Yeah, I know, it’s the cool thing to hate on Zach Braff and his directorial debut Garden State these days so I’m not saying anything revolutionary here. Honestly, Garden State is not a terrible movie. It’s just a movie that takes itself super-seriously and at times its sincerity leads to some truly groan-inducing moments, like its characters shouting into the abyss or one character telling another that listening to The Shins will change her life. (All these years later and I think my life would be roughly the same if I had never listened to their brand of bland, inoffensive indie rock.) If you’re young and its themes of directionlessness and parental alienation resonate with you, then you could probably overlook some of the movie’s weaknesses. I did for a few years. But then you get older and you see some other films follow a similar template and you realize it’s just the slightest bit trite and self-involved and you’ve matured beyond both the characters in the movie and their particular state of arrested development. In other words, it’s a lot like Fight Club but without all the punching.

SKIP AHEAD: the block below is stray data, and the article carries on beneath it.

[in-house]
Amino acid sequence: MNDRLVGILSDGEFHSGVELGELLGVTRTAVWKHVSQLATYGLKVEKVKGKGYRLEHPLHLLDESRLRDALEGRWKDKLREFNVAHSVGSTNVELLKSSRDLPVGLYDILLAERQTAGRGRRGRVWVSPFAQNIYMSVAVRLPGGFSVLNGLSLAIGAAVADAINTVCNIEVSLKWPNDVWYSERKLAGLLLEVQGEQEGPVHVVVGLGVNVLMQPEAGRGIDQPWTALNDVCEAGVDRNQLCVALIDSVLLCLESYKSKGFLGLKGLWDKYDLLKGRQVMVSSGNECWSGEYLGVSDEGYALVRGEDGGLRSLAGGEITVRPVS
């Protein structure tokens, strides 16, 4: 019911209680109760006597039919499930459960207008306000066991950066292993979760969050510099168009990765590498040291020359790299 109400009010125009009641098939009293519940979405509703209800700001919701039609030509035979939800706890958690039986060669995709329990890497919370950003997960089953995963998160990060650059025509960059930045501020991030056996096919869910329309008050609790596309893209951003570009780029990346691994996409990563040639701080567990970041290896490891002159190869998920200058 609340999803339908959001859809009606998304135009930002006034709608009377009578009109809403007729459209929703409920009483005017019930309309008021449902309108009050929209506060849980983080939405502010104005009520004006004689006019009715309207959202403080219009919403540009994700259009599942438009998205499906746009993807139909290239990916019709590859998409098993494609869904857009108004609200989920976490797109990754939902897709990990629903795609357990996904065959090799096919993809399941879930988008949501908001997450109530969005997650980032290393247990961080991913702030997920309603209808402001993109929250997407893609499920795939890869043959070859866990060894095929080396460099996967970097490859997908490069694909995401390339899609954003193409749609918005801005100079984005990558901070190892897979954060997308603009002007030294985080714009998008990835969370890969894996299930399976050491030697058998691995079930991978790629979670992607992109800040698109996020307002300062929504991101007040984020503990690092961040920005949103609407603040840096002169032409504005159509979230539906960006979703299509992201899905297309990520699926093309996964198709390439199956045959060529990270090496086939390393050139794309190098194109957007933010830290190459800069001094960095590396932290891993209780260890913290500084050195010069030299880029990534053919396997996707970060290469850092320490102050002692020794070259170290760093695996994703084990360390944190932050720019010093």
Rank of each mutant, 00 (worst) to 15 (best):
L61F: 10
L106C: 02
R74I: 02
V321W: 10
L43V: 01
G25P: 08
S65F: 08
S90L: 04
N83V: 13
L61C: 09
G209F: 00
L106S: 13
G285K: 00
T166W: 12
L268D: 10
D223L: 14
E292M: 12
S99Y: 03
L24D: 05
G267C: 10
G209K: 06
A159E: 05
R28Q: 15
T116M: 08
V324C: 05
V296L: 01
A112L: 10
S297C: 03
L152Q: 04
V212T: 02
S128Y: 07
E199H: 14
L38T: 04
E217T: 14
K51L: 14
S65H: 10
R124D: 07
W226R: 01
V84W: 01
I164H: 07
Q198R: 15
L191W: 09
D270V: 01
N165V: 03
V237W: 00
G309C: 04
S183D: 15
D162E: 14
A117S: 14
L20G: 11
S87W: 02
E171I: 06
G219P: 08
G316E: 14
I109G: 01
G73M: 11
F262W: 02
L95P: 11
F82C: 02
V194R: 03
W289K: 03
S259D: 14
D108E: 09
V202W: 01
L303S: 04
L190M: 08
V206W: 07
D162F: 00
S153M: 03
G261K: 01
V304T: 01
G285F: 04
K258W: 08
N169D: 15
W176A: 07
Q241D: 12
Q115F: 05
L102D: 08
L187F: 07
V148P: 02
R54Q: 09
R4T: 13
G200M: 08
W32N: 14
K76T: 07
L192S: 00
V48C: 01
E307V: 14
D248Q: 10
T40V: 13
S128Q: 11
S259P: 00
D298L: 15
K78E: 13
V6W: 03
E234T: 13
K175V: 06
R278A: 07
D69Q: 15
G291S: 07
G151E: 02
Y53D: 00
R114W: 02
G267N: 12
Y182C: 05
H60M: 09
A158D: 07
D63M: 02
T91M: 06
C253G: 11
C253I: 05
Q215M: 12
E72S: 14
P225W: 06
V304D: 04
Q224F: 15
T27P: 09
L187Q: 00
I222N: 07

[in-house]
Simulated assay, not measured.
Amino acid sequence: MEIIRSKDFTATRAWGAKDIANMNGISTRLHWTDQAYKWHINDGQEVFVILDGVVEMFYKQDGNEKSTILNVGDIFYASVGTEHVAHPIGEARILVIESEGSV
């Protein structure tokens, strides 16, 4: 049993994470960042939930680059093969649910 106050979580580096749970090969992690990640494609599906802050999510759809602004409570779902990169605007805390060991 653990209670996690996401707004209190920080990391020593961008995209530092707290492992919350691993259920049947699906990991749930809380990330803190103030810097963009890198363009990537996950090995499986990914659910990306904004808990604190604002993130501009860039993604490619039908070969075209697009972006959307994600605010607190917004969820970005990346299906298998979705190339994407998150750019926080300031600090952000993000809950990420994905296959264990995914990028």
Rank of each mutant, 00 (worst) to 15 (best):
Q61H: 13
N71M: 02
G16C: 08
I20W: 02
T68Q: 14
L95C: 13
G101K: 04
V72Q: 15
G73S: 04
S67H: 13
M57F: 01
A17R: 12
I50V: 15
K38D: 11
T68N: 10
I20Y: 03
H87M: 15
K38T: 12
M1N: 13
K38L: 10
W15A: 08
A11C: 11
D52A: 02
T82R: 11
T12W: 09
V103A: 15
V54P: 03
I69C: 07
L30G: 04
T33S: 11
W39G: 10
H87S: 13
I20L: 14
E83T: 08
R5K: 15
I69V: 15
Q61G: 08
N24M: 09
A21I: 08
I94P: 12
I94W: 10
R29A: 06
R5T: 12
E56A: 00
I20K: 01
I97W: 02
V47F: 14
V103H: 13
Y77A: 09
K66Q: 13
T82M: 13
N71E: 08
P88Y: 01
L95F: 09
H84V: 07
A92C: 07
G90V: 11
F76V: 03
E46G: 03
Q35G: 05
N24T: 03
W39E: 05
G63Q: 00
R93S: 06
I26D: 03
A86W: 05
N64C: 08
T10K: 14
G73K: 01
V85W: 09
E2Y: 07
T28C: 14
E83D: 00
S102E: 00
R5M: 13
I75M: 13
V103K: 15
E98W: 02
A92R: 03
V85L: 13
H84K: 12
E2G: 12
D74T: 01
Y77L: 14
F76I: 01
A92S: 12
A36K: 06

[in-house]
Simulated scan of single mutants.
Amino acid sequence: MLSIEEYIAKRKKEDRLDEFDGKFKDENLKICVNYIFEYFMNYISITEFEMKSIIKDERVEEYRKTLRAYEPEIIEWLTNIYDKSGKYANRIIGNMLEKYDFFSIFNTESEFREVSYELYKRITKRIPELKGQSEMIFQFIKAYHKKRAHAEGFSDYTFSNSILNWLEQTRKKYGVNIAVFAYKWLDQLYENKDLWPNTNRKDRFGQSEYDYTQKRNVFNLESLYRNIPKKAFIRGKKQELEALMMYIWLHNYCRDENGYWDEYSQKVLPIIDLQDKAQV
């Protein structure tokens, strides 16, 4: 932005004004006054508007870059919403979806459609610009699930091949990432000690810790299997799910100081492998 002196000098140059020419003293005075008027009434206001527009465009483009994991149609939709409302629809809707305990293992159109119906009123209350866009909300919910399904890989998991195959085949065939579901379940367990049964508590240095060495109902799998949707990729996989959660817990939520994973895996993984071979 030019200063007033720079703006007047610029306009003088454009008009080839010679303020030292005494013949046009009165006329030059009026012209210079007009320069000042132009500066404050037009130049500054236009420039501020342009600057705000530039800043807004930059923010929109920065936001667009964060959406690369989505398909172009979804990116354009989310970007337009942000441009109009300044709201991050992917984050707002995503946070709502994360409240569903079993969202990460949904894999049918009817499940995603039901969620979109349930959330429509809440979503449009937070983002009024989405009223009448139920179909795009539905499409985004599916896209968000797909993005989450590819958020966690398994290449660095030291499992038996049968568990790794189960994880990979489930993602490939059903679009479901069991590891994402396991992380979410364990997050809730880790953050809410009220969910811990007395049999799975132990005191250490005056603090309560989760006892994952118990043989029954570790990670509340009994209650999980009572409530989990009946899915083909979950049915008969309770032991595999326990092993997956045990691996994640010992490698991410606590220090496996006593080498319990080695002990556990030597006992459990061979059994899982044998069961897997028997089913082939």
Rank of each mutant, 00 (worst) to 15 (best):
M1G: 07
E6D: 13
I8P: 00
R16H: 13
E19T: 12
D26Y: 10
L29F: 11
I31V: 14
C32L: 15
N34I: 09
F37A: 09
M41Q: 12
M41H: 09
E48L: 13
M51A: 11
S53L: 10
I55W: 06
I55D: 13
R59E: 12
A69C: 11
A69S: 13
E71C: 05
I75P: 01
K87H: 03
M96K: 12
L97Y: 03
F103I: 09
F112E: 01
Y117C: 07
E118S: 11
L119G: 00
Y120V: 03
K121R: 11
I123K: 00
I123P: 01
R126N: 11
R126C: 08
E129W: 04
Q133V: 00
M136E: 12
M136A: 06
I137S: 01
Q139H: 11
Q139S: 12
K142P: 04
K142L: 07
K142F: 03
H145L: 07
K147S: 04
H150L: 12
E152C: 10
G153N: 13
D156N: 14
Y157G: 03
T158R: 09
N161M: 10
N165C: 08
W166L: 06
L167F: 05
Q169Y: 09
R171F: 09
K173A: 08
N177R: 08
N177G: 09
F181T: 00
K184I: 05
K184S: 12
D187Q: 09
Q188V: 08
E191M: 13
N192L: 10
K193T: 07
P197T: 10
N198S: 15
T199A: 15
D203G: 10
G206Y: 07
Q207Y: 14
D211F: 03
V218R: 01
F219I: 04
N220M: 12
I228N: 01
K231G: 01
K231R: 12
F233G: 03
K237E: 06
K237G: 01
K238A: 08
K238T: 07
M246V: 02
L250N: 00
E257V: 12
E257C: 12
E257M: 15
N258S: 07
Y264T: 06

Napoleon Dynamite

There are quite a few comedies that could go on this list, but Napoleon Dynamite is certainly the one I outgrew the quickest. It took mere months to go from “Holy cow, this is a hilarious movie and more people should watch it” to “It’s a pretty funny movie and I’m glad it’s gotten so widely circulated” to “OH MY GOD, STOP QUOTING THAT F*^@ING MOVIE ALREADY.” You could make the argument that that’s not the fault of the movie itself, but look at Office Space in comparison. It’s just as over-quoted as Napoleon Dynamite and reached a level of cultural saturation that became downright exhausting, and yet I’d still list it in my top five comedies of all time. Napoleon Dynamite just doesn’t have enough cleverness behind it to justify repeated re-watchings, let alone having to endure poor impersonations of its titular character by that guy in accounting who thinks he’s the funniest person in your office.